Levi Shetler is a member of the conservative Swartzentruber Amish. This group is known for a very low-tech lifestyle. Even other Amish comment on the austerity of their lives and aversion to technology.

Swartzentruber Amish PA

Last month, Shetler’s buggy was hit by a vehicle in his northeastern Ohio community, resulting in the death of a passenger.

As it turns out, this is the 54-year-old Amishman’s 14th buggy accident. None have been as tragic as this one, described as “by far the worst” Shetler has experienced.

Still, I was shocked by the number. Is this some kind of a record? From the Chronicle-Telegram article:

This first of Shetler’s accidents happened when he was 21, he said. Ten of the accidents occurred during daylight hours and four in the dark. Jan. 18 was the first time someone in an accident Shetler was involved in died.

Shetler’s wife, Dalila, has been married to her husband for 13 of his 14 accidents.

“It’s just the way it is, I guess,” she said.

Despite the accidents and deaths, Shetler said he won’t change the way he travels or marks his buggy. Shetler said he’s on the road almost daily and as long as he works, he’ll continue to get there by horse and buggy.

“It’s part of our religion, and I don’t doubt it,” he said.

Buggy accidents involve two moving pieces – the buggy, and the motor vehicle. Both can contribute to tragic occurrences happening. Amish in many communities want to improve safety, though friction can occur when church standards clash with public expectations (here’s a recent article addressing buggy safety in southern Michigan).




The Swartzentruber group is known for its resistance to change. While in some communities, you’ll find buggies lit up with a wide array of lighting, including strobe flashers and attention-grabbing turn signals, Swartzentruber carriages are only dimly illuminated – with meager reflectors and a single lantern (and no SMV triangle).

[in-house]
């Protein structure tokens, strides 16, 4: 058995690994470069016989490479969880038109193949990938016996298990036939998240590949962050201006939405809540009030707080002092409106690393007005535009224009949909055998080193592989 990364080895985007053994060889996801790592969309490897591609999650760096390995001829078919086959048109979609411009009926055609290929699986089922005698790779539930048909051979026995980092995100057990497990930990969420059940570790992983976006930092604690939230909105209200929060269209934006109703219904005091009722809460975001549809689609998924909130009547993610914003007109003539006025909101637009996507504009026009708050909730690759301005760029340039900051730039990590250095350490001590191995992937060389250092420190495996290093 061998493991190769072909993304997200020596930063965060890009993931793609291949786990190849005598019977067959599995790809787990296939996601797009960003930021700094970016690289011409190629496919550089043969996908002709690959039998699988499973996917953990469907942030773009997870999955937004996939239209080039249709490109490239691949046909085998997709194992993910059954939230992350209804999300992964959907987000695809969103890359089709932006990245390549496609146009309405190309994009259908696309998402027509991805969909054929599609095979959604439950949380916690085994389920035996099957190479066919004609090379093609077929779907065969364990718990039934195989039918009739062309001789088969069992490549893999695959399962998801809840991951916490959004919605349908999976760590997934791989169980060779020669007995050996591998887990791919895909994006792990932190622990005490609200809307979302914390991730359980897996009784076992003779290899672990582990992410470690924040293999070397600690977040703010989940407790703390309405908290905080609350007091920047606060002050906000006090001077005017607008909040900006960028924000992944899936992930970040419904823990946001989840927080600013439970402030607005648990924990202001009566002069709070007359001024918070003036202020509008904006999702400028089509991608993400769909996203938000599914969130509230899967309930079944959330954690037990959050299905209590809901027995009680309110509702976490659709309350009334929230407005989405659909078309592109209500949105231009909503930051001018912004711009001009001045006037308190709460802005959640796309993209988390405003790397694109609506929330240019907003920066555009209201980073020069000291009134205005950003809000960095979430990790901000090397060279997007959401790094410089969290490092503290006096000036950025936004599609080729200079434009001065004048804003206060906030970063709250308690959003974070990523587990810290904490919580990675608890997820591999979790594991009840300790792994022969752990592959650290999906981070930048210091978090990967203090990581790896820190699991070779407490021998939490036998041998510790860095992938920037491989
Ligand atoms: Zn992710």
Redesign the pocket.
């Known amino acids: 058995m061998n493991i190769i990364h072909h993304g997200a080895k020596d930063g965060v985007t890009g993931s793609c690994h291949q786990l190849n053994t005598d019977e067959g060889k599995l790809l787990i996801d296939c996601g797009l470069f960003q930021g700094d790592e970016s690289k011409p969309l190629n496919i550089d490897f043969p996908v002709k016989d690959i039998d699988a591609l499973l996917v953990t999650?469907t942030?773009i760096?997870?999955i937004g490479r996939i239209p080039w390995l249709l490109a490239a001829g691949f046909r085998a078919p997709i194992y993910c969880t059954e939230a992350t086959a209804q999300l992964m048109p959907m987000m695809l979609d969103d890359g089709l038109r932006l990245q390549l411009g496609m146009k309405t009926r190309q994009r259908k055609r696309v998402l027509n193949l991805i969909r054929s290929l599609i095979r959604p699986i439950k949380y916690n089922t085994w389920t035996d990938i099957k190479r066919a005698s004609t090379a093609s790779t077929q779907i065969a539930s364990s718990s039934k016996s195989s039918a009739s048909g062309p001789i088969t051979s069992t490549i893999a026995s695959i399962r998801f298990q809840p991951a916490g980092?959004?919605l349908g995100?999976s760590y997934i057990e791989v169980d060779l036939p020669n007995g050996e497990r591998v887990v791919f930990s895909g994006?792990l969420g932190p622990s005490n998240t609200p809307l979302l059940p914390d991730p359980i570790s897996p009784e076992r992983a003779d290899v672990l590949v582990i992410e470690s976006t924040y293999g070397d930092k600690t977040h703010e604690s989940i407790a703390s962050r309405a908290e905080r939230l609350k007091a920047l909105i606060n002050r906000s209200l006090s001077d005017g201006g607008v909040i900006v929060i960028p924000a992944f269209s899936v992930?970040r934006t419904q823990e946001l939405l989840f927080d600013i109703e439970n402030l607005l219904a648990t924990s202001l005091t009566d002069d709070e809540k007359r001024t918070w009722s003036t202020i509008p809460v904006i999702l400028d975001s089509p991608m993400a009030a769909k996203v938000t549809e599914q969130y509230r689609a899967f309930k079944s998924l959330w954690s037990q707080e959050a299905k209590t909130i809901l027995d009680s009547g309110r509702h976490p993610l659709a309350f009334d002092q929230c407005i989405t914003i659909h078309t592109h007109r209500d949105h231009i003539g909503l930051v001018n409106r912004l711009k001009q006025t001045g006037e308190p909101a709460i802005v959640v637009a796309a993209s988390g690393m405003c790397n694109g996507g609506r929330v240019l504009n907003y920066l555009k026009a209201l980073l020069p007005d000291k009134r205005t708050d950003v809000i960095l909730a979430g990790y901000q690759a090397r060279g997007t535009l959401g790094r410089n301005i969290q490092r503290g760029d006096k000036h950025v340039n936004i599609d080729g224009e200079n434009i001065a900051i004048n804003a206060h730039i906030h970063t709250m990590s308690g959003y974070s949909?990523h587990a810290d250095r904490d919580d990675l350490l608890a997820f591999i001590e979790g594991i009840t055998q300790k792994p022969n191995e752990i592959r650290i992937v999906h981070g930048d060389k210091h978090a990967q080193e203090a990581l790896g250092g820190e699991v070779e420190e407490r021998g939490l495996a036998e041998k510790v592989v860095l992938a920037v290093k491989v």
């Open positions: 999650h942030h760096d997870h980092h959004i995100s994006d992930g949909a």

While some criticize the Swartzentruber Amish for their lack of lighting apparatus, Shetler has observed how technology also creates danger:

While driving a 2-mile stretch between Bursley and Jones roads recently, Shetler said, he counted 11 people coming toward his buggy who were either talking on phones or texting. That’s not counting the people coming from behind who might have been using phones, Shetler said.

Shetler said he often sees ruts and debris on the side of the road where it is obvious a car veered from the pavement for one reason or another.

People often fail to turn down their high beams when approaching Amish buggies head-on, Shetler said. It’s fine to approach from the rear with high beams, he said, but doing so from the front blinds the driver and the horse, which leads to buggies swaying and horses pulling wildly. It also can blind any drivers approaching from the rear, Shetler said.

If there was such a morbid thing as a buggy wreck record, I would wager the holder would be someone from the Swartzentruber Amish community.

Shetler adds, that he suspects some non-Amish consider his people “a nuisance”, possibly leading to aggressive driving:

It’s not uncommon for people to get extremely close to buggies, their car hubcaps sometimes touching the buggy wheels, or drive by within inches at 70 mph revving the engine and scaring the horse. Shetler has lost count of the times people fly by waving their arms, screaming or making obscene gestures, something he said farmers on tractors encounter as well.

“They go by so fast, it actually shakes the buggy, Shetler said. “We have quite a bit of that happening, and it seems to be happening more and more.”

At the same time, Shetler says he feels badly for the car driver in the accident, whom he knows, and does not blame him. The Amish community has reached out to the man.

Buggy road safety is clearly a concern in this community (as it is in many).

The uncle of the man who died in Shetler’s buggy last month, Jon Swartzentruber, was hit just 10 days after Jon, and passed away last week.